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#24
Quote by MaggaraMarine
If you want your cleans to stay clean, you don't want to crank up the volume too much.

This whole "sweet spot" thing comes from the age when there were no multi channel amps. The only way to get distortion was to crank up the volume. There were no distortion channels. Today tube amps also have distortion channels which means you can get distortion at any volume. But it's created differently. If your amp has a gain knob, it controls the pre-amp volume and makes the pre amp distort and keeps the power amp clean. Master volume on the other hand controls the power amp volume.

You can achieve distortion in two ways - by turning up the pre-amp volume (gain) or by turning up the power amp volume ("master" or "volume" - depends on the amp), and this creates different sounds. Power amp distortion can only be achieved at high volumes. Power amp distortion is preferred in genres like blues and classic rock. Pre amp distortion is preferred in higher gain genres.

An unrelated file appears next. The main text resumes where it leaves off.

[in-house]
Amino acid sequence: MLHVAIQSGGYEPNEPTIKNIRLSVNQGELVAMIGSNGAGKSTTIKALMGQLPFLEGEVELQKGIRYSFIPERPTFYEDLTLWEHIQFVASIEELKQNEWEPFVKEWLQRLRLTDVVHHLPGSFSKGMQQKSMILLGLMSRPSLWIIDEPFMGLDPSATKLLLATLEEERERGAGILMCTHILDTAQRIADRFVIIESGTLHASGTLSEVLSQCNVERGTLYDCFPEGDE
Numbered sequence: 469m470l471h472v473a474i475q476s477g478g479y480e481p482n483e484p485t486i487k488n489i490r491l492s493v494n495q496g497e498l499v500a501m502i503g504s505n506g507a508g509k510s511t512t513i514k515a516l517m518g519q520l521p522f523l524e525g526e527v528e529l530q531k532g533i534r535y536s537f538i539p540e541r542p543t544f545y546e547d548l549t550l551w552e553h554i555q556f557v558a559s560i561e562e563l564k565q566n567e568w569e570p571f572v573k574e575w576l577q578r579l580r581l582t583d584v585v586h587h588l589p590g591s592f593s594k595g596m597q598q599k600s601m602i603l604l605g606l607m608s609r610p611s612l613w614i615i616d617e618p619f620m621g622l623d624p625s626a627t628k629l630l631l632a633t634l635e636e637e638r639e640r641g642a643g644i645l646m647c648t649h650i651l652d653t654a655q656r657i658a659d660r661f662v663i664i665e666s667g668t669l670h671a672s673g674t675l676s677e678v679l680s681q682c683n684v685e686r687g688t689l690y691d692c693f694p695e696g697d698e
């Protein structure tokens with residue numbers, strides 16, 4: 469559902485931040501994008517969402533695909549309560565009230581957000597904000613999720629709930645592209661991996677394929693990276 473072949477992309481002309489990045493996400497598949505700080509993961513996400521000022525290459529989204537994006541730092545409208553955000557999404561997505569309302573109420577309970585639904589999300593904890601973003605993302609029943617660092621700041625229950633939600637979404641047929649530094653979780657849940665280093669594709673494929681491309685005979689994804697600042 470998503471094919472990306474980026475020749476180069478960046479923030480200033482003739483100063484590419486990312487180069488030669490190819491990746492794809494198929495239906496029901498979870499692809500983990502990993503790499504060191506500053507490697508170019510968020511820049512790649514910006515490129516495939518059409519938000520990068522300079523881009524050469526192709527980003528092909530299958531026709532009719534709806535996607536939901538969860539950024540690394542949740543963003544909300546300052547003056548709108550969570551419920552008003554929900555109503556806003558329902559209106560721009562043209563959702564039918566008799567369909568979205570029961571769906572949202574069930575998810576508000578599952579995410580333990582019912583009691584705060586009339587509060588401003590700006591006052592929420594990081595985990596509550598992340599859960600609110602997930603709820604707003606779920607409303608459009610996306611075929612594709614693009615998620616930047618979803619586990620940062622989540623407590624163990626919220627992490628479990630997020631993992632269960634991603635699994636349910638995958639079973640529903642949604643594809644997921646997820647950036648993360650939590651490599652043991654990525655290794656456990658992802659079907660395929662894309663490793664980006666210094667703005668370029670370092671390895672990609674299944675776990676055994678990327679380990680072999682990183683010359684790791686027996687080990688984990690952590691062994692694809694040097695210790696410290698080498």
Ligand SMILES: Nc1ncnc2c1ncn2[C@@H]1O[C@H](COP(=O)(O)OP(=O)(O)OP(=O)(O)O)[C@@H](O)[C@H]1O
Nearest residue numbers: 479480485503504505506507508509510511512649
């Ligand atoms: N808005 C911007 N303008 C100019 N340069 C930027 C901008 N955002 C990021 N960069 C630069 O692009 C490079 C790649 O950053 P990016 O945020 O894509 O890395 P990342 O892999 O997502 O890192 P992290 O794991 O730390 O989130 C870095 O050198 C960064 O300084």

Here is a good demo of how pre amp and power amp distortion (and the combination of them) sounds like:

https://www.youtube.com/watch?v=XpXWXpiTYoA


Oh, there's one way of achieving power amp distortion at low volumes and it's by using an attenuator. But if you are really not after that sound, buying one would be just a waste of money, especially considering that your amp is really not an amp that is "meant" to be cranked like that. It's a high gain amp that can give you more than enough distortion at any volume. So you could expect that the clean channel is not meant to be cranked. But how do I know? Maybe it sounds good. Try it and see if you like it.


More volume = more distortion. That's what happens when you turn the volume up higher. Your gain knob is just another volume control. When I hear people talk about the "sweet spot", it's usually the in-between distortion and clean sound. That's how I have understood it. But I guess it can mean other things too. It can also mean the volume level where the amp sounds best. It's not a scientific term. The "sweet spot" of an amp is subjective. But if you turn up the volume past the "sweet spot" (whatever it means), you will just get more distortion. Whether it sounds good or not depends on your preferences. If you want more distortion, it's good, if you don't want more distortion, it's bad. And too much distortion may sound muddy so there's that too. But that depends on the amp.




Thanks dude... best answer for me so far
'12 Gibson '58 Re-issue
'14 Fender American Special Stratocaster
'14 Squier Classic Vibe 50's Telecaster
'05 Ibanez RG320FM (With Upgrades)
Laney IRT Studio (IRT112 Cab)
Dunlop Crybaby 535Q
BOSS GT-8